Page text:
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Lyons v Queensland [2016] HCA 38.

by adminJune 15, 2020


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Material facts

Ms Lyons, a deaf but proficient lip reader, was summoned for jury service. After which, she informed the Deputy Registrar that she required the assistance of two Auslan interpreters to participate as a juror. Following confirmation from the Sheriff at the Brisbane Supreme & District Courts, the Deputy Registrar acting in accordance with s 4(3)(l) of the Jury Act 1995 (Qld) excluded the appellant as a potential juror.[1]

Subsequently, Ms Lyons filed complaints, alleging she was, directly and indirectly, discriminated against under the Anti-Discrimination Act 1991 (QLD), to the anti-discrimination commissioner. The complaint was not resolved via conciliation, and the complaint was referred to the Queensland Civil and Administrative Tribunal (QCAT) who in turn, dismissed her complaint. Ms Lyons then appealed to the Appeal Tribunal of (QCAT) and then to the Queensland Court of Appeal. Both of which were unsuccessful.[2]

By grant of special leave, Ms Lyons appealed to the High Court of Australia.[3]

Grounds of appeal

The first ground of appeal was that the Tribunal, the appeal panel and the Queensland Court of Appeal erred in finding that the Deputy Registrar did no more than make a simple application of s 4(3)(l) of the Jury Act 1995 (Qld). Instead of an undertaking a functional assessment or interpretation of 4(3)(l) and then apply that.[4] The second ground of appeal relates to Deputy Registrar wrongly finding that there had not been a term imposed within the meaning of section 11(4).[5] The third ground is that there was no causative link between the conduct of the Deputy Registrar and that of course was informed by a manifest misconstruction of section 10(5) of the Anti-Discrimination Act 1991 (QLD).[6]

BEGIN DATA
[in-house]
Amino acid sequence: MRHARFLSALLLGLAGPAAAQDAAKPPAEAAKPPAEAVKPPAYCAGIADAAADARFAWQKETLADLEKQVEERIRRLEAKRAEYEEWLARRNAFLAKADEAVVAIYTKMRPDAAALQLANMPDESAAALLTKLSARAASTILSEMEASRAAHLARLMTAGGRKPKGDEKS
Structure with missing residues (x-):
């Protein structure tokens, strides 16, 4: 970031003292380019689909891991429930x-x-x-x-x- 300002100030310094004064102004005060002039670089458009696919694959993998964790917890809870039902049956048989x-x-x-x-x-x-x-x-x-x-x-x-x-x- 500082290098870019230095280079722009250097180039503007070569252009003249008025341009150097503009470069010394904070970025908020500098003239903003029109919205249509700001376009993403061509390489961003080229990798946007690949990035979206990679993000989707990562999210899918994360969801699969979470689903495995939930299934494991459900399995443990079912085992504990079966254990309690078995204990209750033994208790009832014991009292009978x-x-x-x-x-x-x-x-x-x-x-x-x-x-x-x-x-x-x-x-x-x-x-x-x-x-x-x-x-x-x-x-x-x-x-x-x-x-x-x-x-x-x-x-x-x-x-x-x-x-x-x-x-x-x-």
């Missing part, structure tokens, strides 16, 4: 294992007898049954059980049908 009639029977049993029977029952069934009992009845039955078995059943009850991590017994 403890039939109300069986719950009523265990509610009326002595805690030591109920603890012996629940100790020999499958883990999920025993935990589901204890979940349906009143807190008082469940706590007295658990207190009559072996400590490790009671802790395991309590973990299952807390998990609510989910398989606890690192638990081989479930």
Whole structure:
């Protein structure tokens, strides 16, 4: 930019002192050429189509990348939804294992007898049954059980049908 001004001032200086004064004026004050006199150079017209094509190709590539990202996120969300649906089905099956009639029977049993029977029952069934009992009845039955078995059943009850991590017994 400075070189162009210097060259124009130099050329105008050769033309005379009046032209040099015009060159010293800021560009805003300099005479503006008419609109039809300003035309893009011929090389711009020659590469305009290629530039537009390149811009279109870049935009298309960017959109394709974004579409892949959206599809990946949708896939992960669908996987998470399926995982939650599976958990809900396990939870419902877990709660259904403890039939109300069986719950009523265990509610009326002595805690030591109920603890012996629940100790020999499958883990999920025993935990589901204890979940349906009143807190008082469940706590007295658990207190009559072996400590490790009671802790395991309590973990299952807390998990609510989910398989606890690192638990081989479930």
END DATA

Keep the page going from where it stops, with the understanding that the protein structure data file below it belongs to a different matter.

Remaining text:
What was said in the Court of Appeal?

Their Honours held, in regard to indirect discrimination under Section 11 of the Anti-Discrimination Act 1991 (QLD), the Appeal Tribunal was right to find that the exclusion of Ms Lyons had not involved the imposition of a condition that she communicate by conventional speech.[7]

Answering Ms Lyons claim of direct discrimination, the Court of Appeal held that the Appeal Tribunal did not err in their interpretation of the test, under s 10(4) of the Anti-Discrimination Act (QLD), relating to the Deputy Registrar’s treated Ms Lyons. Stating that this was because the Tribunal found that Ms Lyons’ deafness was not a reason for her exclusion.[8]

Consequently, the Court of Appeal held that the Tribunals application of section 10(5) of the Anti-Discrimination Act 1991 (QLD), did appropriately consider as a notional comparator a hypothetical person who required the assistance of a person other than a jury member rather than a hypothetical comparison to a person who required no such assistance. Referring to the current legislation, their honours said: “it is difficult to see how jury members could discuss the case in the presence of an interpreter without breaking their oath.”[9]

What did the High Court decide?

The High Court unanimously dismissed the appeal holding that Ms Lyons was not subject to direct or indirect discrimination under the Anti-Discrimination Act 1991 (Qld).[10]